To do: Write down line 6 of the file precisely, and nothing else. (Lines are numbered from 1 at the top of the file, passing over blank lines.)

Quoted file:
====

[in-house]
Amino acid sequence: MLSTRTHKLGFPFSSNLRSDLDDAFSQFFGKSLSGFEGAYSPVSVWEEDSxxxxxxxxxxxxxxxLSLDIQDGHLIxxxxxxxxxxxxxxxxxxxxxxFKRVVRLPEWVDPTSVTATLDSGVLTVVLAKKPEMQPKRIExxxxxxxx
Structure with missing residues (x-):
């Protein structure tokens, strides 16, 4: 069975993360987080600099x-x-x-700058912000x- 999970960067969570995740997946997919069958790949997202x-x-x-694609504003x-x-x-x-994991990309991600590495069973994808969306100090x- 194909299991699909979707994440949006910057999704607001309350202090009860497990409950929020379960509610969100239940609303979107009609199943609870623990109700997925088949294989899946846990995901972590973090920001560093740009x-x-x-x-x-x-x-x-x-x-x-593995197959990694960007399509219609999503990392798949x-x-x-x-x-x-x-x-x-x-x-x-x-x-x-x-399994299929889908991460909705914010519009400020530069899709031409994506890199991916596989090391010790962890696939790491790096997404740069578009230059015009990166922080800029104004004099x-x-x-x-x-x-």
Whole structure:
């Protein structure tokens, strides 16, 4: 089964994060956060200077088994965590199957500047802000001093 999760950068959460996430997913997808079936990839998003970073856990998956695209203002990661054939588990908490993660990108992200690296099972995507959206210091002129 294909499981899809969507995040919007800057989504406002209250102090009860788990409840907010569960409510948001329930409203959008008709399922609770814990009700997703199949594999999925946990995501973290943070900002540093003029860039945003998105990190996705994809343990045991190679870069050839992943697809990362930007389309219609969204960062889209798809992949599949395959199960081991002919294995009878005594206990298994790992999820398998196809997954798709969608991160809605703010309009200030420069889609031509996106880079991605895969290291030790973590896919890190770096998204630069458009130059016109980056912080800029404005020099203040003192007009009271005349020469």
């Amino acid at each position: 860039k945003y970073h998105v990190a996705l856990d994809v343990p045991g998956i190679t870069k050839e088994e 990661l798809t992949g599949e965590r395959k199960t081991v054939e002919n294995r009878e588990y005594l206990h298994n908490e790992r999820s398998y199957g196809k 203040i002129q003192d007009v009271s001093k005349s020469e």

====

């Protein structure tokens, strides 16, 4: 089964994060956060200077088994965590199957500047802000001093 999760950068959460996430997913997808079936990839998003970073856990998956695209203002990661054939588990908490993660990108992200690296099972995507959206210091002129 294909499981899809969507995040919007800057989504406002209250102090009860788990409840907010569960409510948001329930409203959008008709399922609770814990009700997703199949594999999925946990995501973290943070900002540093003029860039945003998105990190996705994809343990045991190679870069050839992943697809990362930007389309219609969204960062889209798809992949599949395959199960081991002919294995009878005594206990298994790992999820398998196809997954798709969608991160809605703010309009200030420069889609031509996106880079991605895969290291030790973590896919890190770096998204630069458009130059016109980056912080800029404005020099203040003192007009009271005349020469």